Talk:Linkage (mechanical)

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Gruebler's equation[edit]

Grueblers equation - there is inconsistency between labels used on the diagram (there is a "j") and that in the equation (there is an "f"). Not being an engineer I do NOT know which is the standard terminology so for now I won't try to correct it, but could somebody please give it a go? --VivaEmilyDavies 17:24, 2 Mar 2005 (UTC)

Thanks, the image is now fixed to match the formula. Note: it's a simplified version of the formula, I thought this was best for the article. -- Duk 17:57, 2 Mar 2005 (UTC)
Thanks! If this is a simplified version of Gruebler's Equation, then I think that the formula should have an article of its own right. --VivaEmilyDavies 18:16, 2 Mar 2005 (UTC)

(No heading)[edit]

the link: MIT Open Course ware, Matlab code for four bar linkages no longer goes any where.... cheers and thaks —Preceding unsigned comment added by (talk) 07:44, 27 October 2007 (UTC)

(No heading)[edit]

could anyone help me out in drawing velocity diagrams and accceleration diagrams easily  ? Sharath, hyderabad —Preceding unsigned comment added by (talk) 13:57, 22 January 2008

Toggle mechanism[edit]

I added a brief discussion of toggle mechanisms and removed the missing information tag. I have also rewritten the introduction to be more accurate. I would like to make additions that make this article interesting and useful. Prof McCarthy (talk) 03:43, 12 June 2011 (UTC)

It currently has "Toggle mechanisms are four-bar linkages […], but in Switch#Toggle switch, there is "The word "toggle" is a reference to a kind of mechanism or joint consisting of two arms, which are almost in line with each other, connected with an elbow-like pivot.". So, which is it? And some sources would be welcome. Thanks in advance --Jerome Potts (talk) 21:12, 26 June 2013 (UTC)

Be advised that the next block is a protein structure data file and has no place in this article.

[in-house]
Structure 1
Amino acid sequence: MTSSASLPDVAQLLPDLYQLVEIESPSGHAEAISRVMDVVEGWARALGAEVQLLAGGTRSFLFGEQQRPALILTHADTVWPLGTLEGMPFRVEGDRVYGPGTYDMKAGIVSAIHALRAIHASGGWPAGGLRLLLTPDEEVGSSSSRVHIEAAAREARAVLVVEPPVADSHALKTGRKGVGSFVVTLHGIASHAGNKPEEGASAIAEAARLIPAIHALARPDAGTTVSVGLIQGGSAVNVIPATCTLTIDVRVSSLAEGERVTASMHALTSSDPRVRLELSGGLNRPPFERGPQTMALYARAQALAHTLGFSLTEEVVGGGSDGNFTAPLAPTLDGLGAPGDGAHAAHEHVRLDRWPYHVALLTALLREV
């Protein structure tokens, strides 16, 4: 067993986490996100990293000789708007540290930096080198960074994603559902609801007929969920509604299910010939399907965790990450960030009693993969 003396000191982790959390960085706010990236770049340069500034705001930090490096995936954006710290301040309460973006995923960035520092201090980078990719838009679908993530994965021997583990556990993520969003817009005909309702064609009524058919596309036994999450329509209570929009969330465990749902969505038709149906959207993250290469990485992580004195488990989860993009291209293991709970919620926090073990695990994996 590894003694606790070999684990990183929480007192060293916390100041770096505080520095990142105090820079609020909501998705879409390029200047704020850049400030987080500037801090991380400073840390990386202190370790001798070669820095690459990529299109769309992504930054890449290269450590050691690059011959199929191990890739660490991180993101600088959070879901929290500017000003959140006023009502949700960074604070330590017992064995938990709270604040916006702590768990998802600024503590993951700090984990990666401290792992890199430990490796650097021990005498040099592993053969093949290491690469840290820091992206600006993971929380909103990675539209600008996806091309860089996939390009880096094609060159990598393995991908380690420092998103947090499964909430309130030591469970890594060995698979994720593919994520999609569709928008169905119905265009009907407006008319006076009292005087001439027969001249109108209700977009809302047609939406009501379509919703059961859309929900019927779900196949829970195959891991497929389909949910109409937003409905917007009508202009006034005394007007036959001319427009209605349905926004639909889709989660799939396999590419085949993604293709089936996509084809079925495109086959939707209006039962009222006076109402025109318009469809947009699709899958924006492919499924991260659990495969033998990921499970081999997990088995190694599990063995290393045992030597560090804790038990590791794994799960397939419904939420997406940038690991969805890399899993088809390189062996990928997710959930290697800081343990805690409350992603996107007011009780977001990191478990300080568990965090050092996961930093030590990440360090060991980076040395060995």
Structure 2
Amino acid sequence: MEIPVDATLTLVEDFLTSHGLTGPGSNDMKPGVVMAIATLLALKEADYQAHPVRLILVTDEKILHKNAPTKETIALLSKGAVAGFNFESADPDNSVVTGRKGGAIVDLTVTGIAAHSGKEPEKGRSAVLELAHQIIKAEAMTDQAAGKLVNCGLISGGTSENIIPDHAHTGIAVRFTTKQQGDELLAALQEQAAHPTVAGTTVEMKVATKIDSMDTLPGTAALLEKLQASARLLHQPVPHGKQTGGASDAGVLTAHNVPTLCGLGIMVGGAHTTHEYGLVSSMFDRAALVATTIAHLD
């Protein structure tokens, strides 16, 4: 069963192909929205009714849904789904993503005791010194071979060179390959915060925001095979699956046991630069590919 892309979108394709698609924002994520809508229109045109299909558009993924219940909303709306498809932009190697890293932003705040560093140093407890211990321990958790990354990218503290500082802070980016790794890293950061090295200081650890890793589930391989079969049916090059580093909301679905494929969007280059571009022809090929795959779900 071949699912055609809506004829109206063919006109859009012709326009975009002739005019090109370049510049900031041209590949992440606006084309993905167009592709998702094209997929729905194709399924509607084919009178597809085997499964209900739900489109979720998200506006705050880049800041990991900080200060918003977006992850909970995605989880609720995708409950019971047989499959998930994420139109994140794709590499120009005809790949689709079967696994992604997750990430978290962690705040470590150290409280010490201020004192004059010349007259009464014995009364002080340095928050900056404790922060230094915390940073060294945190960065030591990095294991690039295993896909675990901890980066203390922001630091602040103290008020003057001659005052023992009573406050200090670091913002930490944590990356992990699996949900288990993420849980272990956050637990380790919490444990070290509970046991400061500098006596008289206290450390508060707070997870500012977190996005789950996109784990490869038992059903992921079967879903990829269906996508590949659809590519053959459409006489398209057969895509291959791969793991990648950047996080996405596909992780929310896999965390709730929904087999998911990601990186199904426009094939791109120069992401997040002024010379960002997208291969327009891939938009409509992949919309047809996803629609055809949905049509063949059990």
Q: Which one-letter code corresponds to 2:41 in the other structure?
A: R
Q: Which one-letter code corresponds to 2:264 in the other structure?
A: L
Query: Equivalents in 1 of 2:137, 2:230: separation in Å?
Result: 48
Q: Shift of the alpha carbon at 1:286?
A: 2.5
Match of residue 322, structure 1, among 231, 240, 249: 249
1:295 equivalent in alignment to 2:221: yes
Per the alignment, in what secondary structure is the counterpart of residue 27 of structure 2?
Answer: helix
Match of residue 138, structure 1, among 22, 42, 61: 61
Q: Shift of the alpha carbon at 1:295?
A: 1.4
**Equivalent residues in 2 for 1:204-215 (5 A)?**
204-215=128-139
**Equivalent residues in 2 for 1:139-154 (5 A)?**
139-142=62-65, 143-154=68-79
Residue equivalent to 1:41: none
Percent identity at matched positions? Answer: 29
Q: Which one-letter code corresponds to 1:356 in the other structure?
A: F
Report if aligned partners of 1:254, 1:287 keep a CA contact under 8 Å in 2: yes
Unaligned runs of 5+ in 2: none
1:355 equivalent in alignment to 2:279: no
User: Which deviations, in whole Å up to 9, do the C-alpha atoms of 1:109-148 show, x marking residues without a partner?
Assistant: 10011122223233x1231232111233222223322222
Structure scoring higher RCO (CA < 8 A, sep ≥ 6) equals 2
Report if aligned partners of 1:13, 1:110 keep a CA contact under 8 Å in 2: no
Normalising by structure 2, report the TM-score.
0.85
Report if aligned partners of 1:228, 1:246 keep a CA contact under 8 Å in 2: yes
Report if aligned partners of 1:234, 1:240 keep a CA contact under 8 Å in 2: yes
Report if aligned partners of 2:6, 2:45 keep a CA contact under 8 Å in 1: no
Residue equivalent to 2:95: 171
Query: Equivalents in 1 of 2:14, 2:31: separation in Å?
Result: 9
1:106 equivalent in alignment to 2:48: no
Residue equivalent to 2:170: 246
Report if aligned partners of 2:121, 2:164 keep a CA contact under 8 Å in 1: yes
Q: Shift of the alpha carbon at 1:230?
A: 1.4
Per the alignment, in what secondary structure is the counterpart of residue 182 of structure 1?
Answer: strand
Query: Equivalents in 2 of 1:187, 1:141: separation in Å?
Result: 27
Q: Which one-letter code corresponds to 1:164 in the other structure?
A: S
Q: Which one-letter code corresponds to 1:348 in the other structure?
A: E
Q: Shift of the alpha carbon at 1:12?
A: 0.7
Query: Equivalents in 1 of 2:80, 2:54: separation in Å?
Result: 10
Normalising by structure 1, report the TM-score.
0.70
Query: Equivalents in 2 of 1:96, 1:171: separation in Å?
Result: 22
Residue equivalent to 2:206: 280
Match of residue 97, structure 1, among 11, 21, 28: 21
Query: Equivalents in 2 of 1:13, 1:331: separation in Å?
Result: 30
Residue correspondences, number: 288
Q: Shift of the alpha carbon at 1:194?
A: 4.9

Oh, and here are two illustrations available:
--Jerome Potts (talk) 21:47, 27 June 2013 (UTC)
Neither of those are really useful - especially not the first - as there's no room for any over-centre action in the linkage. "Toggle linkage" has two meanings: toggle press and self-locking toggle clamp. These are both the press form: force downwards on the centre gives an increasing force sideways. The more common form though is where a toggle is allowed to go past the centre point, thus becoming self-locking. Andy Dingley (talk) 22:34, 27 June 2013 (UTC)
Toggle linkages are substantial enough that we could spin off a whole separate article about them.Andy Dingley (talk) 22:37, 27 June 2013 (UTC)
So, about the "toggle switch", which is it ? The self-locking kind, since i don't suppose that it's the toggle press ? --Jerome Potts (talk) 21:08, 28 June 2013 (UTC)
Open-framed toggle switch
It's a toggle latch, although a rather different mechanism. It has the same "toggle action" in effect but not really much in common about how it does so. Switches don't need a high contact force and they must have a low operating force. So rather than a four-bar linkage where the toggle action depends on an 'impossible' over-centre (assuming incompressible links), switches use an easily compressible coil spring in one of the links.
The first 'toggle' switches were tumbler switches for domestic lighting, which haven't been installed in the UK for something like 40 years, but are still starting fires across America today. These are a pressbutton leaf switch (press a springy brass strip down onto another contact), but with a toggle mechanism above them. The tumbler lever (the bit you touch) toggles to one side or the other, and there's a cam lobe on its base to press the contacts down.